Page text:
FIG. 1 depicts the chemical structure of the purified toxin according to the present invention. The figure depicts a piperidine structure with two substituents R1 and R2 along carbon 2 and 6 of the ring structure.

FIG. 2 depicts day two of chlorophyll concentration of a plurality of algal species as a function of euglenophycin exposure at 0, 0.3, 3 and 30 mg/L concentrations.

FIG. 3 depicts a graph of HT29 cell line in response to the euglenophycins, dimethyl sulfoxide, and 5-fluorouracil.

DETAILED DESCRIPTION OF THE INVENTION

The invention provides a novel toxin composition. This toxin composition is obtained from Euglena sanguinea. Euglena sanguinea has been identified as the dominant alga present in a number of fish kill events since 2004. Since this discovery, toxic bloom events have occurred in a number of states, including North Carolina, South Carolina, Texas, Arkansas, and Mississippi. Over 400 grams (wet weight) of Euglena cell pellet were produced for subsequent toxin isolation and purification from the North Carolina clonal isolate. Microscopic analyses confirmed the purity of the cell pellet with the only alga present being E. sanguinea. The E. sanguinea derived toxin has been identified on the basis of toxicity towards GH4C1 rat pituitary cells.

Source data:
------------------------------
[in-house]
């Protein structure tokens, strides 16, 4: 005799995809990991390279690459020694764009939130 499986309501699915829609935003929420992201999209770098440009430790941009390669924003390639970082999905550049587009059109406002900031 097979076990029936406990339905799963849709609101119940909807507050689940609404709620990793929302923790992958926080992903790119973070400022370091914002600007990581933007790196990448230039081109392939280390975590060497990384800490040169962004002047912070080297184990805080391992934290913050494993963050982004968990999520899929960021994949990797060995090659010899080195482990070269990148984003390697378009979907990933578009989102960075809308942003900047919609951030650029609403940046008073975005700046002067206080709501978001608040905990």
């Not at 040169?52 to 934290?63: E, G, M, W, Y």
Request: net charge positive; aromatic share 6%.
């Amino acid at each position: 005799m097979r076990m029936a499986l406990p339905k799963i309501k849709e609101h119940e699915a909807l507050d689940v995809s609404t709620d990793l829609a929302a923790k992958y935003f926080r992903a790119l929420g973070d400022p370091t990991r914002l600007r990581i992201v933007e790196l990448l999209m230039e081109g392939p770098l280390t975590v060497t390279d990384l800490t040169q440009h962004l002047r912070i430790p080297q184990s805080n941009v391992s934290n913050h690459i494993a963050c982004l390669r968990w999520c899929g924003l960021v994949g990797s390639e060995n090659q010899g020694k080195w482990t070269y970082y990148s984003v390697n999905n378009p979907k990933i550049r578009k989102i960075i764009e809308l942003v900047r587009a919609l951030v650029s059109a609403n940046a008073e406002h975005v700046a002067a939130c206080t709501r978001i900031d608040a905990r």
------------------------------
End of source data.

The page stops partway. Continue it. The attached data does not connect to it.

Definitions

As used in the specification and claims, the singular form “a”, “an” and “the” include plural references unless the context clearly dictates otherwise. For example, the term “a cell” includes a plurality of cells, including mixtures thereof.

The term “Euglenophyceae” refers to a group of unicellular colorless or photosynthetic flagellates found living in freshwater, marine, soil and parasitic environments. The class is characterized by solitary unicells, wherein most are free-swimming and have two flagella (one of which may be non-emergent) arising from an anterior invagination known as a reservoir. About 1000 species have been described and classified into about 40 genera and 6 orders. Examples of Euglenophyceae include, but are not limited to, the following genera: Eutreptiella, Euglena and Tetruetreptia. The species Euglena sanguinea is characterized as spindle, cylindrical or band-form in shape and having pellicle usually marked by longitudinal or spiral striae; some with a thin pellicle highly plastic; stigma usually anterior; chloroplasts discoid, band-form, or fusiform; two paramylum bodies located on either side of nucleus, rod-like to ovoid in shape or numerous and scattered throughout; contractile vacuole near reservoir.